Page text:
I also appreciated the white noise, as I’ve found this a huge help in getting my last few babies to sleep. I was quite impressed by the variety of music here. We’ve had a lot of baby toys over the years and often they play the same old same old baby lullabies. The Graco Everyway Soother has some really nice lullabies, including a few classical music clips we recognized and enjoyed. It also has about four “natural” noise settings, including a “shush” (which I use most frequently), dripping water, etc.
The rocking chair can detach from the Soother base. This was handy if Joey fell asleep in the evening, as I could then move his entire rocker to the bedroom (which was less likely to wake him up than trying to take him out and transfer him to bed). I also used the chair for showers, as I could plunk Joey in his rocker in the bathroom and keep an eye on him while I showered.
The Graco Everyway Soother helped us create a consistent routine for Joey, no matter who is watching him. Whether it’s me putting him to bed, or my husband or a babysitter, he still goes down in his Soother with the same white noise on. In Joey’s first few months, this let me get out of the house a few times on my own, knowing Joey had his bottle and his Soother and would be okay without me (for a short time!). That was a big help in surviving the colicky baby stage.
Using the Graco Everyway Soother for babies from 4 months plus
When Joey reached about four months, I noticed that having his Soother in our main living area wasn’t working. The girls’ rowdiness often woke him up, even with the white noise on to mask their noise. So I moved the Everyway Soother into a corner of our bedroom. Now, Joey sleeps there (with white noise still) for his naps and the first part of the night.
Having outgrown the colicky stage, Joey is a busy, happy, growing baby. At six months, he is already twenty pounds and working on crawling. When he’s awake, he’s on the go, watching his sisters or attempting to scoot over to whatever interesting bit of paper or food they’ve dropped on the floor. When he starts to get cranky, I know it’s time for a nap… but like any busy baby, he often fights sleep because that toy he was playing with is way more interesting (even if he’s wailing while chewing on it).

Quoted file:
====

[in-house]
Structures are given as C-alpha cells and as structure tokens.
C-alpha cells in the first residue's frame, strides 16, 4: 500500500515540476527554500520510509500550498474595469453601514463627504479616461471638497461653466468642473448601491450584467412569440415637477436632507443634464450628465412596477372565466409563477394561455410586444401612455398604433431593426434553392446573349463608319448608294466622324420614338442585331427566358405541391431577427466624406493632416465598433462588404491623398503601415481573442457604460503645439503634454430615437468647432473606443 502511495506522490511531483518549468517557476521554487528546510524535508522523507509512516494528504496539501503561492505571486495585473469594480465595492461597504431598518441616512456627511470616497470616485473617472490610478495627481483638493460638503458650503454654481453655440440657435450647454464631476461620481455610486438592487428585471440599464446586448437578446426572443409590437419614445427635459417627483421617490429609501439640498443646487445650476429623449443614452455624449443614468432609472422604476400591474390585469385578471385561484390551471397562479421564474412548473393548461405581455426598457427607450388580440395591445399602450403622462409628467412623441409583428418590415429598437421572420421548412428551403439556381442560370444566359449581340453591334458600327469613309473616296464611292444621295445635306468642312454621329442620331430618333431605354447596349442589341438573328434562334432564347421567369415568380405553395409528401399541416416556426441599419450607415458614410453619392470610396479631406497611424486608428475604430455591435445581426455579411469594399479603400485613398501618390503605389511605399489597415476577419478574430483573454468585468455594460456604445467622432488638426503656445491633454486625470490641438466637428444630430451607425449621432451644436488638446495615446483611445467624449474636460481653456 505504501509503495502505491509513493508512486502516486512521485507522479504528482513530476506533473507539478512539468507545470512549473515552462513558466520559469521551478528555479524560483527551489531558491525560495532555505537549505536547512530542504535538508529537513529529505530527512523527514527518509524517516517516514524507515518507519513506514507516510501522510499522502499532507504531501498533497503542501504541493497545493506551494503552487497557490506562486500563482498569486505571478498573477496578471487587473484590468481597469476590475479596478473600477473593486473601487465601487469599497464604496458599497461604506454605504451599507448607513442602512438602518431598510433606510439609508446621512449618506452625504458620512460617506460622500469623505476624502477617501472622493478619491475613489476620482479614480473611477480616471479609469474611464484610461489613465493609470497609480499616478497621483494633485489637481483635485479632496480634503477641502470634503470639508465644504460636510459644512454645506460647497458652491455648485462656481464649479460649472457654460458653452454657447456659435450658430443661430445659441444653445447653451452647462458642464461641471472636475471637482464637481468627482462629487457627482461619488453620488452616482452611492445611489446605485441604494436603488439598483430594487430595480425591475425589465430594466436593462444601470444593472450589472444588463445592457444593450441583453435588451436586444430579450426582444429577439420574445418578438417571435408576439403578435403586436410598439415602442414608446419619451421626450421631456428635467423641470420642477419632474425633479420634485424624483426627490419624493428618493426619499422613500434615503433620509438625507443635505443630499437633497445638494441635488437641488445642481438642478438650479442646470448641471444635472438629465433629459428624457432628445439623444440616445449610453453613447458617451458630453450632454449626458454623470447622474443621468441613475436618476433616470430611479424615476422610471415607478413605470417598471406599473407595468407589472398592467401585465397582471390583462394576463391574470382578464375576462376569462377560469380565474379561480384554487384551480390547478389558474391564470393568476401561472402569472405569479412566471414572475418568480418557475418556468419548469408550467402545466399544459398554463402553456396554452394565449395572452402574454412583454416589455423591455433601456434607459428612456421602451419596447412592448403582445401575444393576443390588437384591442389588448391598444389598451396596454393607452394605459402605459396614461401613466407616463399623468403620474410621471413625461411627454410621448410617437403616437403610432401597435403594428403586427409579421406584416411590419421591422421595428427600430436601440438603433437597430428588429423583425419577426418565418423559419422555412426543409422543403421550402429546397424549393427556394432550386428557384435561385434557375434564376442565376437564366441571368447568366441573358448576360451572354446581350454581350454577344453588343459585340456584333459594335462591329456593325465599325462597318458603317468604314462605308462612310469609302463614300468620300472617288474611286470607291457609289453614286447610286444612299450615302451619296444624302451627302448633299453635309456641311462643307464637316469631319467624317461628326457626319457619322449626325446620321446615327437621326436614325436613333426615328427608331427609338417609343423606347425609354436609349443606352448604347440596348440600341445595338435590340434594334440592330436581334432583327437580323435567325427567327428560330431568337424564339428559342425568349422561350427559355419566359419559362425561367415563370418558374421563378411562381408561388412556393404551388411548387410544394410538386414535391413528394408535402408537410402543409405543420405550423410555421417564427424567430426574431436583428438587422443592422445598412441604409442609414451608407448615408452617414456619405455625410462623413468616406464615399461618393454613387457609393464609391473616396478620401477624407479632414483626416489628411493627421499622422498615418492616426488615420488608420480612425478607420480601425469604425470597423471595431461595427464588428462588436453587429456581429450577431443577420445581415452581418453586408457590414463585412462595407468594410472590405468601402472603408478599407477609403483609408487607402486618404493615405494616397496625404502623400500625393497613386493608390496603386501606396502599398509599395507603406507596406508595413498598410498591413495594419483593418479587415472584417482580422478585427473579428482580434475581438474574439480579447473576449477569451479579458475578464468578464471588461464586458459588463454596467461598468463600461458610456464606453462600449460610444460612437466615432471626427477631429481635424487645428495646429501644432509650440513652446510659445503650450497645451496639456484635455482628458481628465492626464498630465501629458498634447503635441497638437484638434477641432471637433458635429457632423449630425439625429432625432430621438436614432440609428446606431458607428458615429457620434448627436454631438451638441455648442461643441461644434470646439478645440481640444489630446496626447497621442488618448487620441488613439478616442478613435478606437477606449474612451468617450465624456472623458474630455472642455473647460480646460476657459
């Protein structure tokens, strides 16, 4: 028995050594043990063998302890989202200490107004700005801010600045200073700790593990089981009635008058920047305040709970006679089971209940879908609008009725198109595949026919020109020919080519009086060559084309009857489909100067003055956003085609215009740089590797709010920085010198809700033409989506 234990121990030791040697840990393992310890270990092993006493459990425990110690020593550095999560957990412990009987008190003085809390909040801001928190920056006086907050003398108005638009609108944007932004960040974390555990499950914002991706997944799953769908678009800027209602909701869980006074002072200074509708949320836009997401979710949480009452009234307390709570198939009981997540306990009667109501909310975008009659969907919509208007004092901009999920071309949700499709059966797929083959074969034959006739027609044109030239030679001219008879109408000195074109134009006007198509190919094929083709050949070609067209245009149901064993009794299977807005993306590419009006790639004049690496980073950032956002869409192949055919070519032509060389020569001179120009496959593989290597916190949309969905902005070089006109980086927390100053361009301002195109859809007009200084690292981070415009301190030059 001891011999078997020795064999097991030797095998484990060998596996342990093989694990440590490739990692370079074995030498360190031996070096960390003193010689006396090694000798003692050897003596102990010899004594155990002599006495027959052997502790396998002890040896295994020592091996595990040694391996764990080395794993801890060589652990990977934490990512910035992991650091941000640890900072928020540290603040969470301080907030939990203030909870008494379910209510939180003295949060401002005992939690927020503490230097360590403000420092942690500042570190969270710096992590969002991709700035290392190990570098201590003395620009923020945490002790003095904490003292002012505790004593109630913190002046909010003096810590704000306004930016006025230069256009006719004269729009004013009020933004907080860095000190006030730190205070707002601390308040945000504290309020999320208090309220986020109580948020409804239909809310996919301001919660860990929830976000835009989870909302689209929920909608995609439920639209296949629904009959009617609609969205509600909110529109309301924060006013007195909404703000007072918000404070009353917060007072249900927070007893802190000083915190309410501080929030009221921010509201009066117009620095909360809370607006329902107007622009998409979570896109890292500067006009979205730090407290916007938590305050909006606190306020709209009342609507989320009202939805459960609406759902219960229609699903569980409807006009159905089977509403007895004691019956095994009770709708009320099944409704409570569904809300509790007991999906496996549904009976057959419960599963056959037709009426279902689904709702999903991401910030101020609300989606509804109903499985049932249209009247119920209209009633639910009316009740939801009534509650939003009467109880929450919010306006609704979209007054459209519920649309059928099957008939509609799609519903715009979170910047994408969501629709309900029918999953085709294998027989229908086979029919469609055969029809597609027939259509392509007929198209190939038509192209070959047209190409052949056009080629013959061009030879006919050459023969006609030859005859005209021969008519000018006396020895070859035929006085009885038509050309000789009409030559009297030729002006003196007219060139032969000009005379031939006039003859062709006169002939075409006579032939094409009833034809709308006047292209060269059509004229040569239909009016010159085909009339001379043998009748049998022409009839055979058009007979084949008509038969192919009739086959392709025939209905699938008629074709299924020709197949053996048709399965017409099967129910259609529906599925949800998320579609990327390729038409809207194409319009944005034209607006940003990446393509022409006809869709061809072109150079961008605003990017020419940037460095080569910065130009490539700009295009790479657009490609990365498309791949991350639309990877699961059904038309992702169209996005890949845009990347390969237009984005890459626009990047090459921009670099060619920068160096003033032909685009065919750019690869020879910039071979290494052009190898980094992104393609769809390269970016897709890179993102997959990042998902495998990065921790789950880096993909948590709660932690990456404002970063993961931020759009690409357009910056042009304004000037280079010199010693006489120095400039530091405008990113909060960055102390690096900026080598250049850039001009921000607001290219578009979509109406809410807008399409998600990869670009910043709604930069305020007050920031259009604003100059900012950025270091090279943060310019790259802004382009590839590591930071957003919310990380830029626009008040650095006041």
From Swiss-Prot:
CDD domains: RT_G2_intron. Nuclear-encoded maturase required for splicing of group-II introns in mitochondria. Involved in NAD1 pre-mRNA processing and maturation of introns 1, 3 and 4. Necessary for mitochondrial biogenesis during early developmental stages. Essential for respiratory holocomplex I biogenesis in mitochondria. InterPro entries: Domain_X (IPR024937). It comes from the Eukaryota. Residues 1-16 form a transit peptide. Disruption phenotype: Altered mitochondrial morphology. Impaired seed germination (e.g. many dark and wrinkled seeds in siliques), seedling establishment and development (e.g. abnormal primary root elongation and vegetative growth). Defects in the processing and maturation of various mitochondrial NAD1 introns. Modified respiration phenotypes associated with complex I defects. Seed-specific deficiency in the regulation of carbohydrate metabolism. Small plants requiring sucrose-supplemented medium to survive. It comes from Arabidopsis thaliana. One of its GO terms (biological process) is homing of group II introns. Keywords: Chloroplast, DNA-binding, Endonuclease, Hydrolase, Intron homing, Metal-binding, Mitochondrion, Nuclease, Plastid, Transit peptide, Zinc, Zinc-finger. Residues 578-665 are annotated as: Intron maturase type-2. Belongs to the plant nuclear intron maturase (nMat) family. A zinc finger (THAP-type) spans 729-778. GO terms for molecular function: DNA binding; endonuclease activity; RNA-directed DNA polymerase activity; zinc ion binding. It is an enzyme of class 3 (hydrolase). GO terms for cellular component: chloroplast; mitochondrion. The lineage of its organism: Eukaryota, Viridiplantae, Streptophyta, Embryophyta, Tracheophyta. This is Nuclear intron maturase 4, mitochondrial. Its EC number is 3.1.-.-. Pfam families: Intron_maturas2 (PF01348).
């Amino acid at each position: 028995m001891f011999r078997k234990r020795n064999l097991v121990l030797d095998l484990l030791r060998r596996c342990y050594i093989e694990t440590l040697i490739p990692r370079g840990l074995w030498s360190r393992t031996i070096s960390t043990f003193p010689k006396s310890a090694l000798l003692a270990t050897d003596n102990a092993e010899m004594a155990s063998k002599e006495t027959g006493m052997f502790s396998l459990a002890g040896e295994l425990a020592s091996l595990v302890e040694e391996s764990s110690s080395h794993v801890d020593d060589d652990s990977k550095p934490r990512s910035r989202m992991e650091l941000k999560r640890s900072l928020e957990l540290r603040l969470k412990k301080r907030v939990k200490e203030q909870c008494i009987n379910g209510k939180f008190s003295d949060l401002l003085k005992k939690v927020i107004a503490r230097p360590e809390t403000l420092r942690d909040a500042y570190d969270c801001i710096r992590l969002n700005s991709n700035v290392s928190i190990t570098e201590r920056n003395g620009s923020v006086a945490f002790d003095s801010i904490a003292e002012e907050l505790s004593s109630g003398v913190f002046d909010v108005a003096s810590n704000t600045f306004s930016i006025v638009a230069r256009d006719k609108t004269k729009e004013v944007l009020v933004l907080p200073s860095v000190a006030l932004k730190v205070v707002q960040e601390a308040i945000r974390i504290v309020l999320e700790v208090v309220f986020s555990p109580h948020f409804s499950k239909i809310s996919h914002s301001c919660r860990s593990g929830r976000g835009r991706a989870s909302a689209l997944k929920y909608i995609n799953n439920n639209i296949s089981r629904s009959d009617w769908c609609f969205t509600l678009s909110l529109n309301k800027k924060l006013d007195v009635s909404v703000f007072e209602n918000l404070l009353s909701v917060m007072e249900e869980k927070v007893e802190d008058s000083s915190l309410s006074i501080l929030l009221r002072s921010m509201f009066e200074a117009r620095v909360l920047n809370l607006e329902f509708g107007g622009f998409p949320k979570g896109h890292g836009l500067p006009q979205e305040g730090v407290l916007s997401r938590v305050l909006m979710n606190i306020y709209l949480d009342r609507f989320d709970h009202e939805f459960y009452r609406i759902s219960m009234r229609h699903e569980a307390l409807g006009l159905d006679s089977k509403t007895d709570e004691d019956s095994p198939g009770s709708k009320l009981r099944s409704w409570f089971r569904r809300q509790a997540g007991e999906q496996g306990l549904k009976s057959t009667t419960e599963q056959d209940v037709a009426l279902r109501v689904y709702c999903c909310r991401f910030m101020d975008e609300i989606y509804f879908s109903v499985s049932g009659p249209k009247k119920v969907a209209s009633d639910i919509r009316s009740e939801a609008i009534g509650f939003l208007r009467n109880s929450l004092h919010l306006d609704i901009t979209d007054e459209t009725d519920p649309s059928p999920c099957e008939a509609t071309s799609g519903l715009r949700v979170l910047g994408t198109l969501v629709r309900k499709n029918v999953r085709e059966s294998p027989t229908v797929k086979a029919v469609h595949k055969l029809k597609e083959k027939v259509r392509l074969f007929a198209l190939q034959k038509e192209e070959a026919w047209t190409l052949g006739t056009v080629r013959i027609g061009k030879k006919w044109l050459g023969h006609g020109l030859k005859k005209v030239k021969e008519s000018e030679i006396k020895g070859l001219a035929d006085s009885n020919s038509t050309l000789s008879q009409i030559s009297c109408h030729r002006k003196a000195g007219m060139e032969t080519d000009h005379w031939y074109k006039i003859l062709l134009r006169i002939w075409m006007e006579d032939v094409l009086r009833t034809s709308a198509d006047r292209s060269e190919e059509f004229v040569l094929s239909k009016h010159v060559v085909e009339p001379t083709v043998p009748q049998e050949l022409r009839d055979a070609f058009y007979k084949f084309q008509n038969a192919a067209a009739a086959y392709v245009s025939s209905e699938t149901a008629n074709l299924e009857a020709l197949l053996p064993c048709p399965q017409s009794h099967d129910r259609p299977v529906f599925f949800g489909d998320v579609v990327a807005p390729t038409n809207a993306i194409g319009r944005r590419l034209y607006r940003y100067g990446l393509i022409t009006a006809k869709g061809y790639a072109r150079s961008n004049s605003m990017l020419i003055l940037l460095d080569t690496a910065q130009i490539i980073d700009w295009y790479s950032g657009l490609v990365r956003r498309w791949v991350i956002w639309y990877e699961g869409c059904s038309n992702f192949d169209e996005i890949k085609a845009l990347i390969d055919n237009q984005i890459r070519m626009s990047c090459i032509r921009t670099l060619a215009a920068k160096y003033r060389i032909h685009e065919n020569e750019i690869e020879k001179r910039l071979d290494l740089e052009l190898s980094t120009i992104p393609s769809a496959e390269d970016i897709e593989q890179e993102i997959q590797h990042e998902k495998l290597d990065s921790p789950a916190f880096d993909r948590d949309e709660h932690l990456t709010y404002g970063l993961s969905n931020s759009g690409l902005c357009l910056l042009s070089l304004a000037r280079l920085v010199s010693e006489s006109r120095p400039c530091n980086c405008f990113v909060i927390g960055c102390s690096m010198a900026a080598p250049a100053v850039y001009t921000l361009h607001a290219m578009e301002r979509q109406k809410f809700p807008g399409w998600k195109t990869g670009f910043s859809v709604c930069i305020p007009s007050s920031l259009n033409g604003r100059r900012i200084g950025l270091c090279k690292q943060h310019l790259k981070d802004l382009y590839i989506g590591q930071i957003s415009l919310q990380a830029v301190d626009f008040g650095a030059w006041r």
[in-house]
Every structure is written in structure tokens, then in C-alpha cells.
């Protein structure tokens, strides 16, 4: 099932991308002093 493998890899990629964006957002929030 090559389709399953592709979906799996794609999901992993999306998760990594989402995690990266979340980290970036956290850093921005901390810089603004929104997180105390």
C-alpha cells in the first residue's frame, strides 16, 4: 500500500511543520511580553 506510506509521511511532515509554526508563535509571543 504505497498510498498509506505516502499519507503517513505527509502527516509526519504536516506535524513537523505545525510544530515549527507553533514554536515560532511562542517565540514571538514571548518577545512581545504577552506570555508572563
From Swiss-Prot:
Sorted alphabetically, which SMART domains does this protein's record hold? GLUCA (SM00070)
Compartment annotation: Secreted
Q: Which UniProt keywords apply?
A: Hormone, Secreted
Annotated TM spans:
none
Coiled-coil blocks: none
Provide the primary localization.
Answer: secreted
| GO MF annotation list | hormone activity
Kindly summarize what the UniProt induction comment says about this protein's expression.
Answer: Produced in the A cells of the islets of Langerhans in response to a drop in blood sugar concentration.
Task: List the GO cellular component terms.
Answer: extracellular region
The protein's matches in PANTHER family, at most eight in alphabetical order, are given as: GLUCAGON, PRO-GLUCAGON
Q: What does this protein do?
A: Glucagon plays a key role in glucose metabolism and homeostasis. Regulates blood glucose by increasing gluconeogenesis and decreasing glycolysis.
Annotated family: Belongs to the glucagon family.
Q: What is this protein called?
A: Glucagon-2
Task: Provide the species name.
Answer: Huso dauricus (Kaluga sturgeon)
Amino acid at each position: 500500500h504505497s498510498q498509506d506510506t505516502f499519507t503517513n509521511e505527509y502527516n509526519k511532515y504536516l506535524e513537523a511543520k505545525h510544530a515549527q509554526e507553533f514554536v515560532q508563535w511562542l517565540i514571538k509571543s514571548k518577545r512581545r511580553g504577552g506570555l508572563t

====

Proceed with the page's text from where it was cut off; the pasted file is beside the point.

That’s when the nap-time routine with the Graco Everyway Soother kicks in. Joey doesn’t fall asleep in the Soother anymore. I stand near it, turn on the white noise, give him his pacifier, and bounce or rock him until he stops fighting the sleep. Then I can put him down in the Soother. He usually opens his eyes once or twice, but the Soother holds him snugly (like me), and so he goes back to sleep. If he doesn’t immediately fall asleep, I’ll turn on the gentle rocking and then he’s out for sure. I buckle him up, tuck him in, and sneak out of the room.
Final Notes about the Graco Everyway Soother
I really like how compact and sturdy the Graco Everyway Soother is. The base is quite heavy, so I don’t move it very often. Despite being sturdy, the Soother doesn’t have a huge footprint (compared to other baby swings). We have a small condo, so I don’t have a lot of extra space for big baby gear. The Graco Soother has worked well in either the corner of our living room or the corner of my bedroom.
One thing I don’t like about the Graco Soother is that the electrical cord is quite short. This has limited where we can put it, as it has to be fairly close to the plug. In the living room, this meant I put the Soother near our patio door. As the weather warmed up and we began using the patio door more often, that got awkward (which was another reason to move the Soother to the bedroom).
The Graco Everyway Soother came with a five-point harness for baby. However, Joey soon outgrew this harness. I tried to adjust the shoulder straps, but they were still too short. I finally took them off and tucked them inside the cover of the rocker. I now buckle him just with the waist harness. This hasn’t been a problem, as I also usually have the rocker in the reclined position for Joey’s naps.
Finally, yes, the rocker cover is washable. And believe me, Joey has tested that! He’s been a master at pooping out of his diapers. (Either my cloth diapers are really worn out or he’s poopier than his sisters were.) One warm day, I’d left him just in his onesie in the Soother for his nap. (Note: if you have a baby who frequently poops out of diapers, keep his pants on.) Joey had an explosive poop that left big yellow stains on the nice white cover of the rocker. As soon as I’d cleaned him up, I took the cover off and tossed it into the washing machine. It came out as white as it was when new!